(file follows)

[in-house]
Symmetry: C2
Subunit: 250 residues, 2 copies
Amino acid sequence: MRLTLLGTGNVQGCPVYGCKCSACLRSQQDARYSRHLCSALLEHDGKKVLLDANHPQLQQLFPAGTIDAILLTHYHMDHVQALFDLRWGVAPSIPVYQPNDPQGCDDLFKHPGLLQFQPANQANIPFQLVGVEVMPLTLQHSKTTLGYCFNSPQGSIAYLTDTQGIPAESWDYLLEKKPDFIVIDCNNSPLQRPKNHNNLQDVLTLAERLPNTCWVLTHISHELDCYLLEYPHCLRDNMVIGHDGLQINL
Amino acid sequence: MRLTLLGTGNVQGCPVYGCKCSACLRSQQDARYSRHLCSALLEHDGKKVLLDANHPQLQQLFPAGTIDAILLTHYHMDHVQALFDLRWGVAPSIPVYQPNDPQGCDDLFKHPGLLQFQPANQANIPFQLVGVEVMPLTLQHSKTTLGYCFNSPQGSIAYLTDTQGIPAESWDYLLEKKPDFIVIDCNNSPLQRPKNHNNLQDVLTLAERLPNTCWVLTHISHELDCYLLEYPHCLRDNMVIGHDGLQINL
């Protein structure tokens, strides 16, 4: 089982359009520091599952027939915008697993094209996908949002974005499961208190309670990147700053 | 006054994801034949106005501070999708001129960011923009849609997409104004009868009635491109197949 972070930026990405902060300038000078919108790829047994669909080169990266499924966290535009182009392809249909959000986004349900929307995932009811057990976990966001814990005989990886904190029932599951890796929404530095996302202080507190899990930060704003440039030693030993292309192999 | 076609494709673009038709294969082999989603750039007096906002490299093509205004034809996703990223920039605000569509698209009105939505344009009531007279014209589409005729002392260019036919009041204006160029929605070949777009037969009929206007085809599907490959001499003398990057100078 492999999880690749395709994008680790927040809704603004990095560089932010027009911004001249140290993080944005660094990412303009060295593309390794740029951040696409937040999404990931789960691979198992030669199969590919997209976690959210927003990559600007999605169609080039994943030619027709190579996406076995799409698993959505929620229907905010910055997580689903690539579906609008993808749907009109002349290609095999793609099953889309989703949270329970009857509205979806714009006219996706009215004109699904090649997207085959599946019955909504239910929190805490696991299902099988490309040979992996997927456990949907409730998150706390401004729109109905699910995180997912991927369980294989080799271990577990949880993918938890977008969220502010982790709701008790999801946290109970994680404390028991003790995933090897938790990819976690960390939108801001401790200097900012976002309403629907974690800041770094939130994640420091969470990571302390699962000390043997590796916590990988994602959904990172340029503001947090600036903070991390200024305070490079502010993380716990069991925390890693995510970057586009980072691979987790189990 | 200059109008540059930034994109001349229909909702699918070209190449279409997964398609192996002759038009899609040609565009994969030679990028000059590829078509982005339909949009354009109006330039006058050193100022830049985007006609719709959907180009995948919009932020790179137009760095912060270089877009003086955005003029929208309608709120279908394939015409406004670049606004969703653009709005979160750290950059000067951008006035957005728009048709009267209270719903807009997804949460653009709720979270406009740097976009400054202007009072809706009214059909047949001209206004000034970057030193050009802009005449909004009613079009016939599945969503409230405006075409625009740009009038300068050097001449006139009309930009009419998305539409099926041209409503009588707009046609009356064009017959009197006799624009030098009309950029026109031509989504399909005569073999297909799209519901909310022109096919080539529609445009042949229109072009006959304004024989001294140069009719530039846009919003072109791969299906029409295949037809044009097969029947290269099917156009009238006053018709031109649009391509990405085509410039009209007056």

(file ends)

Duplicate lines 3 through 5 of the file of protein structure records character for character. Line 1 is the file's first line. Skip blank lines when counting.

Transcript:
Subunit: 250 residues, 2 copies
Amino acid sequence: MRLTLLGTGNVQGCPVYGCKCSACLRSQQDARYSRHLCSALLEHDGKKVLLDANHPQLQQLFPAGTIDAILLTHYHMDHVQALFDLRWGVAPSIPVYQPNDPQGCDDLFKHPGLLQFQPANQANIPFQLVGVEVMPLTLQHSKTTLGYCFNSPQGSIAYLTDTQGIPAESWDYLLEKKPDFIVIDCNNSPLQRPKNHNNLQDVLTLAERLPNTCWVLTHISHELDCYLLEYPHCLRDNMVIGHDGLQINL
Amino acid sequence: MRLTLLGTGNVQGCPVYGCKCSACLRSQQDARYSRHLCSALLEHDGKKVLLDANHPQLQQLFPAGTIDAILLTHYHMDHVQALFDLRWGVAPSIPVYQPNDPQGCDDLFKHPGLLQFQPANQANIPFQLVGVEVMPLTLQHSKTTLGYCFNSPQGSIAYLTDTQGIPAESWDYLLEKKPDFIVIDCNNSPLQRPKNHNNLQDVLTLAERLPNTCWVLTHISHELDCYLLEYPHCLRDNMVIGHDGLQINL